Overnight Cybersecurity: Uber under scrutiny over 2016 breach | Chinese nationals indicted on federal hacking charges | Supreme Court to weigh cellphone privacy

Overnight Cybersecurity: Uber under scrutiny over 2016 breach | Chinese nationals indicted on federal hacking charges | Supreme Court to weigh cellphone privacy
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Welcome to OVERNIGHT CYBERSECURITY, your daily rundown of the biggest news in the world of hacking and data privacy. We're here to connect the dots as leaders in government, policy and industry try to counter the rise in cyber threats. What lies ahead for Congress, the administration and the latest company under siege? Whether you're a consumer, a techie or a D.C. lifer, we're here to give you ...



--UBER FACING SCRUTINY OVER HACK REVELATIONS: Uber is reeling from a new controversy over revelations the company tried to cover up a massive breach last year in which hackers pilfered information from 57 million of its customers. As a result of the hack, the ride-share company now faces probes from multiple state attorneys general, as well as international regulators in Europe. The revelation has already triggered questions on Capitol Hill, with Sen. Mark WarnerMark Robert WarnerBipartisan senators urge national security adviser to appoint 5G coordinator Hillicon Valley: Commerce extends Huawei waiver | Senate Dems unveil privacy bill priorities | House funding measure extends surveillance program | Trump to tour Apple factory | GOP bill would restrict US data going to China Klobuchar unveils plan to secure elections as president MORE (D-Va.) demanding answers from company leadership on its response to the incident. "I write to you with grave concerns about your company's handling of a breach impacting millions of your users and hundreds of thousands of your drivers," Warner wrote in a letter to Uber CEO Dara Khosrowshahi on Monday. Separately, Republicans on the Senate Finance and Commerce Committees wrote to Khosrowshahi requesting information on the circumstances surrounding the data breach.

To read our latest coverage, click herehere, and here.


--FBI REPORTEDLY FAILED TO INFORM U.S. OFFICIALS THEY WERE RUSSIAN HACKING TARGETS: The FBI reportedly did not inform U.S. government officials that a Russian hacking operation was attempting to breach their personal emails. According to an investigation by The Associated Press, the bureau possessed evidence for a year that showed the officials were targets of a Kremlin-linked hacking entity known as Fancy Bear. The AP said that in the course of its almost 80 interviews, it identified only two instances in which the bureau informed the officials. Three sources confirmed to the news outlet that the bureau was aware of the cyber efforts for over a year. "The FBI routinely notifies individuals and organizations of potential threat information," the FBI said in a statement to the AP. The AP said the Fancy Bear operation was connected to DCLeaks, one of the websites that published emails of Democratic Party officials during the 2016 election.

To read our coverage, click here, and to read the full Associated Press report, click here.

--CHINESE NATIONALS FACE CHARGES FOR ALLEGEDLY HACKING INTO U.S. BUSINESSES: A federal grand jury in Pittsburgh has indicted three Chinese nationals on charges of computer hacking for allegedly penetrating networks used by Moody's Analytics and other U.S. businesses to steal sensitive information and communications. According to the indictment unsealed Monday, the three individuals -- Wu Yingzhuo, Dong Hao and Xia Lei -- are all owners, employees or associates of a Chinese cybersecurity company called Boyusec. Beginning in at least 2013, the defendants "and others known and unknown to the grand jury" used spearphishing emails containing malicious attachments or customized malware to hack into networks used by U.S. and foreign businesses, according to the indictment. Their targets included Moody's, Trimble Inc. and Siemens AG, the latter of which has offices in Pittsburgh. The hackers allegedly stole roughly 407 gigabytes of data from Siemens's network in 2015.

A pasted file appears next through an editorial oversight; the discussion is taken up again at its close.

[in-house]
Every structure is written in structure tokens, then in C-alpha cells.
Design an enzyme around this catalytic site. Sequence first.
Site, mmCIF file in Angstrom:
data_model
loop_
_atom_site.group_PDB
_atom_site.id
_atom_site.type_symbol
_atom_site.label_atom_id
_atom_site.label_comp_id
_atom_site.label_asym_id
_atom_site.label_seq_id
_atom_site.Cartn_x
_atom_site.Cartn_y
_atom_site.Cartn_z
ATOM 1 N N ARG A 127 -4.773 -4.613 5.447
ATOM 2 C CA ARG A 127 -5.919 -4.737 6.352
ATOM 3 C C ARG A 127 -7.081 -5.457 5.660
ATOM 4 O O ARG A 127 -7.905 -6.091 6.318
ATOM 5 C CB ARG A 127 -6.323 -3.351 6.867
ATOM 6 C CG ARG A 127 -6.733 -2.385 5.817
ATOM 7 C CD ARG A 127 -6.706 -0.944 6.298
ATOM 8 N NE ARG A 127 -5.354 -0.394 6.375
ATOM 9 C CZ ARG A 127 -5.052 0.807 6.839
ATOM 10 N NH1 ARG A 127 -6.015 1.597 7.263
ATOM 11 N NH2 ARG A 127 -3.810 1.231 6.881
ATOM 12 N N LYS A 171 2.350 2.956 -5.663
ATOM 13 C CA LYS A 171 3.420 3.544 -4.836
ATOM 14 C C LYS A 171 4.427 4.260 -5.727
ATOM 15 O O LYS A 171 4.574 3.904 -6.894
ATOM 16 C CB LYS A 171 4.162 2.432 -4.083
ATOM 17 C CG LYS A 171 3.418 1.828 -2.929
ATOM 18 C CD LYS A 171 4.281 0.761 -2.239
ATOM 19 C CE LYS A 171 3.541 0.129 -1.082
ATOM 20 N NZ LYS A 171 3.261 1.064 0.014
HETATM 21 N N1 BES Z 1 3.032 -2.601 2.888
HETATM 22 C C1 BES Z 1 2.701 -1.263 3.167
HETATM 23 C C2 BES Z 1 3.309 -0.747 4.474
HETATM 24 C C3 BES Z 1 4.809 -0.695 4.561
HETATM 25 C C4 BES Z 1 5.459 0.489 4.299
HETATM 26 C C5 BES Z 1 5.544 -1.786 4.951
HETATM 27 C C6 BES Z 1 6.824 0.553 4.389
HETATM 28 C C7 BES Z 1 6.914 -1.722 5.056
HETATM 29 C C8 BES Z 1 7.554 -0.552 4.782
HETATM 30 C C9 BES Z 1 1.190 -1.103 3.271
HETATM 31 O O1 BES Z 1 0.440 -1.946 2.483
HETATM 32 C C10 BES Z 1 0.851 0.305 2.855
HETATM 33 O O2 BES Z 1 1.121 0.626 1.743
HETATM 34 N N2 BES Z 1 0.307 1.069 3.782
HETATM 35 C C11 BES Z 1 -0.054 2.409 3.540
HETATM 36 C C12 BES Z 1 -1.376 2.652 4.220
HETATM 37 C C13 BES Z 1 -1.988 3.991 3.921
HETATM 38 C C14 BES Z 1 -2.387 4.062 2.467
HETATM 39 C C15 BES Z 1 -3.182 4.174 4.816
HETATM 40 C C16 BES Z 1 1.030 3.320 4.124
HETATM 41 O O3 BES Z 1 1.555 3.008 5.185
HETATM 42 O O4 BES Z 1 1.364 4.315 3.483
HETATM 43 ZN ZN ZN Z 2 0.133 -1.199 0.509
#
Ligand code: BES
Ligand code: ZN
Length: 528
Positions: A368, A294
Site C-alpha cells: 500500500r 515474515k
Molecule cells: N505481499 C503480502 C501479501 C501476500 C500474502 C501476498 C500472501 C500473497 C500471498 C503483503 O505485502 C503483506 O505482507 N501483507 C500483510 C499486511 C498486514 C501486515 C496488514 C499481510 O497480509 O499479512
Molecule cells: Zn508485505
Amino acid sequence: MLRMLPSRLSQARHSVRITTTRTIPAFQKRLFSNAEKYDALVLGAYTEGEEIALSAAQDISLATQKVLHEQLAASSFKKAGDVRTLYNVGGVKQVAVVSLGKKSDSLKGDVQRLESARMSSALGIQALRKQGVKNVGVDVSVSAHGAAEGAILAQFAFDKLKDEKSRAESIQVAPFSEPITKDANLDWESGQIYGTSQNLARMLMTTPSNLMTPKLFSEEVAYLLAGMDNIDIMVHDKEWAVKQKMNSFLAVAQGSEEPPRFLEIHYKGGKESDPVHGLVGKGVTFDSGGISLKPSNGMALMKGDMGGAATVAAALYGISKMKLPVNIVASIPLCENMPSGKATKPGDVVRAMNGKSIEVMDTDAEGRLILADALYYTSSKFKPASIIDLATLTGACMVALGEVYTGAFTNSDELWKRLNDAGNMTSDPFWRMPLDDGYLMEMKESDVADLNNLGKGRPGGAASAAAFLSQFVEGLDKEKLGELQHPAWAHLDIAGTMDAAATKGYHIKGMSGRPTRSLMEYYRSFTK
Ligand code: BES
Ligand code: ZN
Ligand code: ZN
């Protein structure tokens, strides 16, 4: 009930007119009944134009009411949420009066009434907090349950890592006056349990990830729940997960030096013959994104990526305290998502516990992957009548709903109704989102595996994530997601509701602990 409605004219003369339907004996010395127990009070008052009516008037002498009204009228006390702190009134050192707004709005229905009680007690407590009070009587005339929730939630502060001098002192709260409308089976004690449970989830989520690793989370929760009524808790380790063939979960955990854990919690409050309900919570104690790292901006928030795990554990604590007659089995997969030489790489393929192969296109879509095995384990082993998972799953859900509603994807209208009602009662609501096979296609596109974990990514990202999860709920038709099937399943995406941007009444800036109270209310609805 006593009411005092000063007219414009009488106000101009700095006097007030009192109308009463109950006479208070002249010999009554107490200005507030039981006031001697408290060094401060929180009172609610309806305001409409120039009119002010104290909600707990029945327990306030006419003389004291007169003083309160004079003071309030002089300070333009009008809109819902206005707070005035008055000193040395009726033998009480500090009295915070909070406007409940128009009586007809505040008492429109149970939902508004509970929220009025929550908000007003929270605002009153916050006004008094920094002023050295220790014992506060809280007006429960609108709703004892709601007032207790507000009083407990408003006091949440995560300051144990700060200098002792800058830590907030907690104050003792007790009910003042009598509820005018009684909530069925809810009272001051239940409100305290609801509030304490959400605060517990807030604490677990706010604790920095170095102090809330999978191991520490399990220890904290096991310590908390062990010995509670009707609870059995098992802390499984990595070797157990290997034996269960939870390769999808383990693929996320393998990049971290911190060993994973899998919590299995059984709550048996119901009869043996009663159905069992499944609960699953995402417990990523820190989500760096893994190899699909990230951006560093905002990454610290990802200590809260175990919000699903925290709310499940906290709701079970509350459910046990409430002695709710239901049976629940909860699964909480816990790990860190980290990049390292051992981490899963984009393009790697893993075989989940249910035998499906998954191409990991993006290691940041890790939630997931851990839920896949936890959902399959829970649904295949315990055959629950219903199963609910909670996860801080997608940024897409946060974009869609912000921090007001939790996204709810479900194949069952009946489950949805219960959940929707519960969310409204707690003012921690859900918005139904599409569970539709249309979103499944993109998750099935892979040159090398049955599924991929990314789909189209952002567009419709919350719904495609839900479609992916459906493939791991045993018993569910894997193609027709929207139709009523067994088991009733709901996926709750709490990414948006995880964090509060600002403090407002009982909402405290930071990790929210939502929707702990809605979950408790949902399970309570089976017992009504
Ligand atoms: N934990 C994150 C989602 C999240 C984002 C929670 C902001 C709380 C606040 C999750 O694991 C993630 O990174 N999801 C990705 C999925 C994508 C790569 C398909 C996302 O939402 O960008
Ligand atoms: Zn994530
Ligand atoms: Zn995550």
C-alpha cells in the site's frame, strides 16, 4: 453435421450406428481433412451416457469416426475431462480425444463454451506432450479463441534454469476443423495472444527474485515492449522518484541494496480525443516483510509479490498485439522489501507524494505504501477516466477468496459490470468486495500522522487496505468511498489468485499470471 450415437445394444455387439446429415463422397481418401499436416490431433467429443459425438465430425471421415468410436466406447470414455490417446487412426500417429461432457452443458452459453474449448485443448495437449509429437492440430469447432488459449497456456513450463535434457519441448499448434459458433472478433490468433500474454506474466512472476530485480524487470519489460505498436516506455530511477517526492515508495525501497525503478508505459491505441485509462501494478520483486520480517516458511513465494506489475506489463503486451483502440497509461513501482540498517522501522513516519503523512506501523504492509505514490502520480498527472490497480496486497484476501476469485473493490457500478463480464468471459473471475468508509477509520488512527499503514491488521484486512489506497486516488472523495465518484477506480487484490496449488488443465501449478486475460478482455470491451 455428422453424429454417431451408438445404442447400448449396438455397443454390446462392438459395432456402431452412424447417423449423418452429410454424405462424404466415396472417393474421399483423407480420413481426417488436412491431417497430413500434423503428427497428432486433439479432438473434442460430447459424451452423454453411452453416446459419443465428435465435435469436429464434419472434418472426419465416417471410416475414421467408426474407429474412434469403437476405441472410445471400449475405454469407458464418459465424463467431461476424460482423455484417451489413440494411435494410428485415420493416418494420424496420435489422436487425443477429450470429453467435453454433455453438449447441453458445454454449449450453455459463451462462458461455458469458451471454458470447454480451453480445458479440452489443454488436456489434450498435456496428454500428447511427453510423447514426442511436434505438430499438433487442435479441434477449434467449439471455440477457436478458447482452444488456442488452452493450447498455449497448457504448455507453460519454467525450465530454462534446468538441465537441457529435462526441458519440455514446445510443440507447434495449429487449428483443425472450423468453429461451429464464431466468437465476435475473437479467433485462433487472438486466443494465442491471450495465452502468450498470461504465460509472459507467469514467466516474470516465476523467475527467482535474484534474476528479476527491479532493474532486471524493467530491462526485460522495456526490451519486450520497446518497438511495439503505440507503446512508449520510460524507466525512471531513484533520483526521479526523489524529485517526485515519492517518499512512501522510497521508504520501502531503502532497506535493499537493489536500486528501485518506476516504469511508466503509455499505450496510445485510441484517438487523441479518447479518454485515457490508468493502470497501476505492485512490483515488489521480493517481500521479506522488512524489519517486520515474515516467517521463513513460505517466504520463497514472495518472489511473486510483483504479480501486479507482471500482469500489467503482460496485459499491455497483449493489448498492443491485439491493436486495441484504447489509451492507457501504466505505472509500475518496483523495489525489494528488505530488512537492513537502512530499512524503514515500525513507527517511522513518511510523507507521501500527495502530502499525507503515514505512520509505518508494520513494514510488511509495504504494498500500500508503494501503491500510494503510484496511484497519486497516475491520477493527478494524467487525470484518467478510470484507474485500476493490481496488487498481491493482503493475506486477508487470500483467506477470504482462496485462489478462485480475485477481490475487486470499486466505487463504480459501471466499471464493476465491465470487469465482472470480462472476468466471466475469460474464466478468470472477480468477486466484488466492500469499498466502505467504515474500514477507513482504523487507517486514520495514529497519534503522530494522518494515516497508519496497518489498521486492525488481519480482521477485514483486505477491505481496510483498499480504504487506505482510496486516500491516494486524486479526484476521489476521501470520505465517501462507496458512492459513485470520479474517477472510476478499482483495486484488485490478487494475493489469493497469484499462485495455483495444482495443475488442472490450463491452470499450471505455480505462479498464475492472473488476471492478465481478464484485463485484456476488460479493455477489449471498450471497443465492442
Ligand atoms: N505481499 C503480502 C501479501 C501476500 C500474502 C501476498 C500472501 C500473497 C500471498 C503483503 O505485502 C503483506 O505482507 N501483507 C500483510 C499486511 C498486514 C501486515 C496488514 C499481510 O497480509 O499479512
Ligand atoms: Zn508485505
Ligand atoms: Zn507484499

To read the rest of our piece, click here.



JUSTICES TO WEIGH CELLPHONE PRIVACY IN LANDMARK CASE: The privacy of emails, photos stored in the cloud, even heart rate history from a smartwatch could be at stake, according to civil libertarians, as the Supreme Court takes up a potential blockbuster case after Thanksgiving.

When they return to the bench after the holiday, the justices will weigh whether the history of cellphone locations stored by a phone service provider is searchable without a warrant.

The case, Carpenter v. U.S., centers on Timothy Carpenter, who argues the government violated his Fourth Amendment protection against unreasonable search and seizure when it obtained his cellphone location records from MetroPCS and Sprint without a warrant. Authorities then used that data as trial evidence to convict him of a string of robberies at Radio Shack and T-Mobile stores in Michigan and Ohio from December 2010 to March 2011.

The government argues that it was well within its rights under the Stored Communications Act of 1986 to get a court order for the records. The law allows this type of data to be searched if the government can show reasonable grounds to believe it will be relevant to a criminal investigation.

To obtain a warrant, law enforcement officers, however, must show there is probable cause.

But beyond the law, the government is arguing that Carpenter lacks a legitimate expectation of privacy because he voluntarily turned his location information over to a third party when he signed up for cell service. It's a legal theory known as the third-party doctrine.

"Petitioner lacks any subjective expectation of privacy in phone-company records of historical cell-site data because they are business records that MetroPCS and Sprint create for their own purposes," acting Solicitor General Noel Francisco, acting Assistant Attorney General Kenneth Blanco and Department of Justice Attorney Jenny Ellickson argued in a court brief.

American Civil Liberties Union (ACLU) staff attorney Nathan Freed Wessler, who's representing Carpenter, called the implications of that argument "stunning."